Skip to Content

School of the Earth, Ocean and Environment


Earth Systems

Studies of the physical, chemical, and biological processes that integrate to affect dynamics of the Earth, with a view to understanding both forces driving changes to the Earth and ways to mitigate or adapt to such changes. This includes studies of the geosphere, hydrosphere, atmosphere, biosphere and anthrosphere (including, eg, economics). Faculty are actively involved in interdisciplinary research across two or more of these spheres.

Earth Systems Faculty

David Barbeau

David Barbeau

Associate Professor, SEOE. Clastic sedimentology, tectonics and sedimentation, basin analysis, thermochronology, sediment provenance, and tectonics of the southern Andes and Antarctica.

Carol Boggs

Carol Boggs

We focus on evolutionary, functional and behavioral ecology, with applications to conservation and environmental issues. The major question is how environmental change and variation affect life history traits, population structure and dynamics, and species interactions over ecological and evolutionary time. Environments vary on multiple spatial and temporal scales. Additionally, both the abiotic and biotic components of the environment may vary, for example in cases of species' invasions.

L. Allan James

L. Allan James

Fluvial geomorphology, Erosion and sedimentation, Water resources, Flood hydrology and Quaternary science.

Venkat Lakshmi

Venkat Lakshmi

Global Water Resources and Monitoring of Hydrological Extremes; Improving spatial resolution of radiometer derived soil moisture; Optimal integration of models, point observations and satellite remote sensing data; Feedbacks: Land-Atmosphere Relationships using Satellite Remote Sensing

Susan Lang

Susan Lang

Assistant Professor, SEOE. Aqueous biogeochemistry; water-rock-microbe interactions, particularly in hydrothermal and subsurface systems; stable (13C, 15N, 34S) and radiocarbon (14C) isotopes of organic molecules; serpentinization as a source of energy for microbes and the abiotic synthesis of organic molecules; past, present, and future cycling of carbon and nitrogen through the environment.

Dwayne Porter

Dwayne Porter

Dr. Porter’s research interests include exploring and expanding the increasingly important roles that technology and technological innovations play in monitoring, assessing, modeling and managing our coastal environmental resources and associated environmental and public health issues. Dr. Porter focuses on the use of the tools of Geographic Information Sciences (GISciences) to develop and apply spatial models to study the impacts of anthropogenic and physiographic influences to coastal resources. Dr. Porter has directed /directs several federally-funded multi-disciplinary projects focusing on land use and land cover patterns and how changes in land-use activities impact estuarine health and associated human health concerns.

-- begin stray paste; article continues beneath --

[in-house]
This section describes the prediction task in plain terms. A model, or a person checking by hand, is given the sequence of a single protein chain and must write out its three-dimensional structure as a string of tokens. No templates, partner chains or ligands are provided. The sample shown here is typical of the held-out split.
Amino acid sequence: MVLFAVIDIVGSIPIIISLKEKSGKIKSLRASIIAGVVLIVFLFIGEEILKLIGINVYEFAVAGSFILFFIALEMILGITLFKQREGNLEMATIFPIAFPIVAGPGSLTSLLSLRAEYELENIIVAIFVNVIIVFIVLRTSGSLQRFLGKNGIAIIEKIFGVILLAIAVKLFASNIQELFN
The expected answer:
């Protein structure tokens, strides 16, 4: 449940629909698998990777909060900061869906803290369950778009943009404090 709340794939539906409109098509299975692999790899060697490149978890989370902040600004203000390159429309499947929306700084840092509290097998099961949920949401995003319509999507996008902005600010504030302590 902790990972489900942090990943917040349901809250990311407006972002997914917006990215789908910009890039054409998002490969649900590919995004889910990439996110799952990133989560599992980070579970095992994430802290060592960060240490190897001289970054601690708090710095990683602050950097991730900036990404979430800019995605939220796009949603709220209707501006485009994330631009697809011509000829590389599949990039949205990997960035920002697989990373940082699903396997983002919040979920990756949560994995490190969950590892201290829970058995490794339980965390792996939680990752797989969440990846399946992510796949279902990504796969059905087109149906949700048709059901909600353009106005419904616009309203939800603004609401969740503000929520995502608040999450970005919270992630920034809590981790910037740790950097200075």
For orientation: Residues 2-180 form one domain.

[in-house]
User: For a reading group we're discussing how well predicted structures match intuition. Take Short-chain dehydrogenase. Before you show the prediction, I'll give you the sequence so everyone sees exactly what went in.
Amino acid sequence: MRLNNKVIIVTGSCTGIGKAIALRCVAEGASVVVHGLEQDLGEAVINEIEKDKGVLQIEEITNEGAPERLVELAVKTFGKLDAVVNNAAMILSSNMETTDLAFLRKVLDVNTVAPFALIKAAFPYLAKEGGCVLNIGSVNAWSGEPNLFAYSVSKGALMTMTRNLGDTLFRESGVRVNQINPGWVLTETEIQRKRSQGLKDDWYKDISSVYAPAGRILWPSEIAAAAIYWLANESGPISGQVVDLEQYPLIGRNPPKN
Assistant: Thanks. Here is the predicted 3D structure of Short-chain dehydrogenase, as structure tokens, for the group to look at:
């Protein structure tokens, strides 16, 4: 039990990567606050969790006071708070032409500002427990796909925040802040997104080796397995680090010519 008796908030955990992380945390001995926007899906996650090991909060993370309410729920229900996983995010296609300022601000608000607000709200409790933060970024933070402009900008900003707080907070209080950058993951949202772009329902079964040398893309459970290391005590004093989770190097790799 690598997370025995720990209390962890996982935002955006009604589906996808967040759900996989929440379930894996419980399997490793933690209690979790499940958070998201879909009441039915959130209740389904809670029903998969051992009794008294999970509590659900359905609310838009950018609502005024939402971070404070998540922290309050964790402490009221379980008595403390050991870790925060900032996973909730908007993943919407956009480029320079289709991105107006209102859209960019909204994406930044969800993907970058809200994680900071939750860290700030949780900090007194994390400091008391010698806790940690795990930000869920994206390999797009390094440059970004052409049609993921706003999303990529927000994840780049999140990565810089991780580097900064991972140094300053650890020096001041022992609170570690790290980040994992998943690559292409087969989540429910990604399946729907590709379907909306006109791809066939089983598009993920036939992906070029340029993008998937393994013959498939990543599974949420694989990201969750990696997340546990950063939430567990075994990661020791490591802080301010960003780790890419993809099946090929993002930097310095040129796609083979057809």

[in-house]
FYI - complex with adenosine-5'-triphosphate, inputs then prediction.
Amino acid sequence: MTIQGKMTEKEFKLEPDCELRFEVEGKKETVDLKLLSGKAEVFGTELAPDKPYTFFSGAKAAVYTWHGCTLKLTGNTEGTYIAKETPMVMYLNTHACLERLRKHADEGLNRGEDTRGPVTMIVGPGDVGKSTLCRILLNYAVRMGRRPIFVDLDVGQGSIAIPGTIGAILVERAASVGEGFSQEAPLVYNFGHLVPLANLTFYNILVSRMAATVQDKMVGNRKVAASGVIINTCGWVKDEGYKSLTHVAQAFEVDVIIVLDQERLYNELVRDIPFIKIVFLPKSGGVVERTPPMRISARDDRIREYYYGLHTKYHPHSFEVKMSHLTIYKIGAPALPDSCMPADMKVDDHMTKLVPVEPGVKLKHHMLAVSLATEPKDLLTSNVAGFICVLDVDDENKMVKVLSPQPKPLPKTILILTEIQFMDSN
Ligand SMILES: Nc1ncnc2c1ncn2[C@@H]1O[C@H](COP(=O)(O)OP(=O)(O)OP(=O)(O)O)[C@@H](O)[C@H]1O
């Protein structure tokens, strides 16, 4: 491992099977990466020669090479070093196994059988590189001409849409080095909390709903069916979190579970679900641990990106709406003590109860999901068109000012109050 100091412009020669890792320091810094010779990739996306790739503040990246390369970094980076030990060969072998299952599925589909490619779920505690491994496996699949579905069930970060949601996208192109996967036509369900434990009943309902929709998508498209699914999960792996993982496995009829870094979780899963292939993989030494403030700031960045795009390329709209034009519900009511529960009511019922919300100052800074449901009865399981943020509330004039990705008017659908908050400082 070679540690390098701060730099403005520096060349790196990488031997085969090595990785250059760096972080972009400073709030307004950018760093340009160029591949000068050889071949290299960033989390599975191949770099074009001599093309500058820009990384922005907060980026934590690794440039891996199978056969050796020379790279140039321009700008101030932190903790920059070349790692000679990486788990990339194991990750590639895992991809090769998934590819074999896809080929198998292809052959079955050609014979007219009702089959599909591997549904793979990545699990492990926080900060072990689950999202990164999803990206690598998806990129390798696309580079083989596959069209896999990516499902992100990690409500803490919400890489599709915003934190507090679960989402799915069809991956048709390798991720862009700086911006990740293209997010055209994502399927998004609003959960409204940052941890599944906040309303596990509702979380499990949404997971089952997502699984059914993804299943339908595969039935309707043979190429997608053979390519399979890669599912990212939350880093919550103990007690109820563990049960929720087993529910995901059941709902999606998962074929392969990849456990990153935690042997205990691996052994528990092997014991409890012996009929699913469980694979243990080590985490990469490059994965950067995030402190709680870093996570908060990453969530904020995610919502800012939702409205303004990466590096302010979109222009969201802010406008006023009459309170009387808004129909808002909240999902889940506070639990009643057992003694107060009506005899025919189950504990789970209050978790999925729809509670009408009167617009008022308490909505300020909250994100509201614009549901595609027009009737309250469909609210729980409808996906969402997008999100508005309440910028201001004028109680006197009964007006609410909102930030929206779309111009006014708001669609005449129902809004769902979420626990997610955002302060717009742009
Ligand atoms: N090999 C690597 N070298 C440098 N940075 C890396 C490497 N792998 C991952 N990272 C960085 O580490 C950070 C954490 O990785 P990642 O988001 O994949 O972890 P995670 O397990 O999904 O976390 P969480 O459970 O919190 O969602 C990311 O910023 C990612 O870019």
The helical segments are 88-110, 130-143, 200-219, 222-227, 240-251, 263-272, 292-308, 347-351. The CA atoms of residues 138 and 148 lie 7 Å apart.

Jennifer R. Pournelle

Jennifer R. Pournelle

Millennial-scale urban sustainability and complex societies, studied through: landscape archaeology, anthropological archaeology, archaeology of the Middle East, cultural ecology, historical ecology, as they relate to wetland environments. Interpreting and relating air photography and satellite imagery to other paleoenvironmental data, toward reconstructing past landscapes.

Ryan Rykaczewski

Ryan Rykaczewski

Fisheries Oceanography; Observation of long-term changes in ocean biogeochemistry and climate; Large-scale changes in oceanic and atmospheric properties of the North Pacific; Remote forcing of coastal conditions; Ocean acidification and deoxygenation; Size-structured interactions in ocean ecosystems.

Scott White

Scott White

Most of the Earth's surface is hidden underwater, from the deep seafloor to wetland environments. Revealing the patterns and processes in these marine environments is the overarching theme of Scott's research group in marine geology and geophysics.

Alicia Wilson

Alicia Wilson

My research is in the field of hydrogeology, from the role of groundwater in coastal ecohydrology to the origin and evolution of porewaters in large sedimentary basins. A particular focus right now is submarine groundwater discharge (SGD), which discharges nutrients and other solutes to coastal systems ranging from tidal creeks to the continental shelf.